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I'm thinking about changing the clasp on my Casio Oceanus S100 to a ratchet clasp form Strapcode. However, I remember in my engineering materials unit that you should not have dissimilar materials in contact for a long time, especially with moisture. I'm not sure if this is an exception because the clasp and bracelet materials are corrosion resistant metals.
 

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Your last sentence is the key. Should not be an issue with those two metals. I recently put a titanium Seiko dive clasp on a stainless bracelet. No worries.
 

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No problem. Hardly anything made of titanium is 100% titanium, somewhere it always connects with steel (screws, bolts, other parts,..). Did you ever hear of titanium spring bars for titanium cases? ;-)

The Steinhart Ocean One Titanium 500 has a titanium case and bracelet, but the bezel, the crown and the clasp are steel. So, no problem et all.
 

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No problem. Hardly anything made of titanium is 100% titanium, somewhere it always connects with steel (screws, bolts, other parts,..). Did you ever hear of titanium spring bars for titanium cases? ;-)

The Steinhart Ocean One Titanium 500 has a titanium case and bracelet, but the bezel, the crown and the clasp are steel. So, no problem et all.
Yeah, think that is the case with the Tudor Pelagos as well, steel parts on titanium case.
 

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It shouldn’t be too severe. You will get some stick/corrosion due to the dissimilar metals but you’ll probably. not even be able to feel or see it.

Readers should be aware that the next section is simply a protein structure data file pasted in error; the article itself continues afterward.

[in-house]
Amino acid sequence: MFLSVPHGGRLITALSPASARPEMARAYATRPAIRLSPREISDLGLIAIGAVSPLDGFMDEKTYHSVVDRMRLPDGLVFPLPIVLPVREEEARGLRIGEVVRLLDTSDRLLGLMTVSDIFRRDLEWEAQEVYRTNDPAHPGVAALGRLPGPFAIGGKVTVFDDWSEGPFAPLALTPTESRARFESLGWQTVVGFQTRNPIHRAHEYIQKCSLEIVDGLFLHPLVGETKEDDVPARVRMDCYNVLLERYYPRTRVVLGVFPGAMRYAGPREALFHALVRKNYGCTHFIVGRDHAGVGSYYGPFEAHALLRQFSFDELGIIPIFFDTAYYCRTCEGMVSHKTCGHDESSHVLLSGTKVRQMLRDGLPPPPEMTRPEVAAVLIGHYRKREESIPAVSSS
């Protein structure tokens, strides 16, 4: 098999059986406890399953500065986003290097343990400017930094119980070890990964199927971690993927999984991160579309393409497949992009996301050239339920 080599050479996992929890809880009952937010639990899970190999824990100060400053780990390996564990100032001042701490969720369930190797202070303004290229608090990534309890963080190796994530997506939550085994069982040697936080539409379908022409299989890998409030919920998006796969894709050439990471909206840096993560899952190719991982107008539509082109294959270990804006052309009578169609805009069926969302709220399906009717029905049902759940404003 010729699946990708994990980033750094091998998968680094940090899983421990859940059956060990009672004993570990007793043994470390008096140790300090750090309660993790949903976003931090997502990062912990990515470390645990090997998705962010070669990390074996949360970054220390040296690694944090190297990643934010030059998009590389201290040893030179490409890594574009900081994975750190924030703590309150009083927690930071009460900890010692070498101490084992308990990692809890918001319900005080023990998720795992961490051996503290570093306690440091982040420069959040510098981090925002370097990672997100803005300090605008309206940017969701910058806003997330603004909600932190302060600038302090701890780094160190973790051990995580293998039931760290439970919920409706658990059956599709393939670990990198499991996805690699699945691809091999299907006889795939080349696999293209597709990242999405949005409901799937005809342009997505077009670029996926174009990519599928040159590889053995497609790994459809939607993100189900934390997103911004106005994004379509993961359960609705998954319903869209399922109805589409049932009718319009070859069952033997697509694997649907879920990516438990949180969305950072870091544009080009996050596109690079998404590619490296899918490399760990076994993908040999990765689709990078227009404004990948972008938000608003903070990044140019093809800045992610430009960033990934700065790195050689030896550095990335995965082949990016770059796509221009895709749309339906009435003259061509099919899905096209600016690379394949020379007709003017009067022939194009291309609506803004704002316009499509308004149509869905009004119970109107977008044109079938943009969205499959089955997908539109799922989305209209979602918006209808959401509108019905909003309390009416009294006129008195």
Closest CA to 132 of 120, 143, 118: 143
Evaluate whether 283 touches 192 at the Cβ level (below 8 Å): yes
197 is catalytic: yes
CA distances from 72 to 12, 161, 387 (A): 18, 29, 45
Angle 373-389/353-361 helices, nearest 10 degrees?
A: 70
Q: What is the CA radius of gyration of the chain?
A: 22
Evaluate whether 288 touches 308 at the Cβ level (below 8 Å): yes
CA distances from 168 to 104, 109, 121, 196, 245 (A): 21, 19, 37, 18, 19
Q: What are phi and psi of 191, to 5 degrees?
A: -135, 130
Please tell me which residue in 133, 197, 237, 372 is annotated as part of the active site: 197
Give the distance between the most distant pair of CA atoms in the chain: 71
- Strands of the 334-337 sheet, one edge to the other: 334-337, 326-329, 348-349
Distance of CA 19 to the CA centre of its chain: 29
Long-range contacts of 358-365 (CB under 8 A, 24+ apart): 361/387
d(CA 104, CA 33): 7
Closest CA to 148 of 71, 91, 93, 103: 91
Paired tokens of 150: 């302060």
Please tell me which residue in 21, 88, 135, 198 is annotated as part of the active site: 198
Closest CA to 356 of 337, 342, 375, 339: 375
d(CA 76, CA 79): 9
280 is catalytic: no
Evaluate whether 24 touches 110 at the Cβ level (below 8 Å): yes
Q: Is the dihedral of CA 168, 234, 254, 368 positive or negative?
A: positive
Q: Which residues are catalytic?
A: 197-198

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Your last sentence is the key. Should not be an issue with those two metals. I recently put a titanium Seiko dive clasp on a stainless bracelet. No worries.
Although in this case there should be no issue, that both materials are corrosion resistant by themselves doesn't mean there won't be galvanic corrosion when they are paired. Galvanic corrosion is a different mechanism from oxidation. Nickel is what we would consider corrosion resistant (self passivating like stainless steel or titanium) and gold is very corrosion resistant (there is no natural oxide of gold), but put them together in salt water and the gold will galvanically attack the nickel.
 

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The Seiko MM300 comes with a steel bracelet with a titanium clasp. Some multi-metal golf clubheads are designed using titanium hitting surfaces framed on steel backing. Never heard of any corrosion problems with this due to one of the metals becoming a sacrificial anode.
 

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I've had numerous watches with a mix of SS and Ti bracelet links, and SS bracelets with Ti clasps (or Ti bracelets with SS clasps), never had an issue.
I never had them for more than 5 years though so I can't say what if anything would happen after 10-20 years.
 

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